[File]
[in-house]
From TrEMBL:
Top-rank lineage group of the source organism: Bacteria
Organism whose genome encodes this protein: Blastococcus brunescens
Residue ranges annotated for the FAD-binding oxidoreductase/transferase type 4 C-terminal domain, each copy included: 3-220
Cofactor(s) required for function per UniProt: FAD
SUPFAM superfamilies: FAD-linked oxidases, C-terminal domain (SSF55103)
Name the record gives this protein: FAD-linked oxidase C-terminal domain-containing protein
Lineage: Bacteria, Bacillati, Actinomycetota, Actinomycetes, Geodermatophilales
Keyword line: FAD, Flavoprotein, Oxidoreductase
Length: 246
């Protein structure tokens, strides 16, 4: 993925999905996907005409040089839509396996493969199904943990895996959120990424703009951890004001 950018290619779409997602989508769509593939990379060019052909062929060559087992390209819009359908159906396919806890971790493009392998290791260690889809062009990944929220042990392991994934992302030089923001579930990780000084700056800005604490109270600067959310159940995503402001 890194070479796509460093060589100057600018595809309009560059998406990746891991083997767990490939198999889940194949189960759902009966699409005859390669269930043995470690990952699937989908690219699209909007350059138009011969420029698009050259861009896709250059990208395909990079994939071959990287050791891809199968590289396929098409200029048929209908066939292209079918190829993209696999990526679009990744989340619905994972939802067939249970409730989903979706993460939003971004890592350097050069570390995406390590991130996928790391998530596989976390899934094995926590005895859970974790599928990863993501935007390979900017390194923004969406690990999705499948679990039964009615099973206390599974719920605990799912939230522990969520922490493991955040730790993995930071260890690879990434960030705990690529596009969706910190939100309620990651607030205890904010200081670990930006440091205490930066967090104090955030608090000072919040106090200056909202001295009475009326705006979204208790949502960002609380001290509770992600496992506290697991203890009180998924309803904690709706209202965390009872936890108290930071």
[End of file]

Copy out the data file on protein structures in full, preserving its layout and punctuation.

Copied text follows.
[in-house]
From TrEMBL:
Top-rank lineage group of the source organism: Bacteria
Organism whose genome encodes this protein: Blastococcus brunescens
Residue ranges annotated for the FAD-binding oxidoreductase/transferase type 4 C-terminal domain, each copy included: 3-220
Cofactor(s) required for function per UniProt: FAD
SUPFAM superfamilies: FAD-linked oxidases, C-terminal domain (SSF55103)
Name the record gives this protein: FAD-linked oxidase C-terminal domain-containing protein
Lineage: Bacteria, Bacillati, Actinomycetota, Actinomycetes, Geodermatophilales
Keyword line: FAD, Flavoprotein, Oxidoreductase
Length: 246
């Protein structure tokens, strides 16, 4: 993925999905996907005409040089839509396996493969199904943990895996959120990424703009951890004001 950018290619779409997602989508769509593939990379060019052909062929060559087992390209819009359908159906396919806890971790493009392998290791260690889809062009990944929220042990392991994934992302030089923001579930990780000084700056800005604490109270600067959310159940995503402001 890194070479796509460093060589100057600018595809309009560059998406990746891991083997767990490939198999889940194949189960759902009966699409005859390669269930043995470690990952699937989908690219699209909007350059138009011969420029698009050259861009896709250059990208395909990079994939071959990287050791891809199968590289396929098409200029048929209908066939292209079918190829993209696999990526679009990744989340619905994972939802067939249970409730989903979706993460939003971004890592350097050069570390995406390590991130996928790391998530596989976390899934094995926590005895859970974790599928990863993501935007390979900017390194923004969406690990999705499948679990039964009615099973206390599974719920605990799912939230522990969520922490493991955040730790993995930071260890690879990434960030705990690529596009969706910190939100309620990651607030205890904010200081670990930006440091205490930066967090104090955030608090000072919040106090200056909202001295009475009326705006979204208790949502960002609380001290509770992600496992506290697991203890009180998924309803904690709706209202965390009872936890108290930071």